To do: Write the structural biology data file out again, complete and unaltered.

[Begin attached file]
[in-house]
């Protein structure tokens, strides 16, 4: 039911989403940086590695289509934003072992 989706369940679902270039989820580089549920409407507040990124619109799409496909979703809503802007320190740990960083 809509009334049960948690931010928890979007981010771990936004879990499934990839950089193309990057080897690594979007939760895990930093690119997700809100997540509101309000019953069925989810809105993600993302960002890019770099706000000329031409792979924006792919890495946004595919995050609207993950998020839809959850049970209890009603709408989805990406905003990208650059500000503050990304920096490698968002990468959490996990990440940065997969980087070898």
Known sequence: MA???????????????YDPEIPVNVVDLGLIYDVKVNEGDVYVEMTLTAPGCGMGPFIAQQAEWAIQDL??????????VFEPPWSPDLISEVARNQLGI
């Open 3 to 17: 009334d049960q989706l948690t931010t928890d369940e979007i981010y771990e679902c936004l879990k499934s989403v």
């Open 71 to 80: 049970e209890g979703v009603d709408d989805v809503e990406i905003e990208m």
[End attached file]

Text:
[in-house]
């Protein structure tokens, strides 16, 4: 039911989403940086590695289509934003072992 989706369940679902270039989820580089549920409407507040990124619109799409496909979703809503802007320190740990960083 809509009334049960948690931010928890979007981010771990936004879990499934990839950089193309990057080897690594979007939760895990930093690119997700809100997540509101309000019953069925989810809105993600993302960002890019770099706000000329031409792979924006792919890495946004595919995050609207993950998020839809959850049970209890009603709408989805990406905003990208650059500000503050990304920096490698968002990468959490996990990440940065997969980087070898």
Known sequence: MA???????????????YDPEIPVNVVDLGLIYDVKVNEGDVYVEMTLTAPGCGMGPFIAQQAEWAIQDL??????????VFEPPWSPDLISEVARNQLGI
């Open 3 to 17: 009334d049960q989706l948690t931010t928890d369940e979007i981010y771990e679902c936004l879990k499934s989403v």
């Open 71 to 80: 049970e209890g979703v009603d709408d989805v809503e990406i905003e990208m």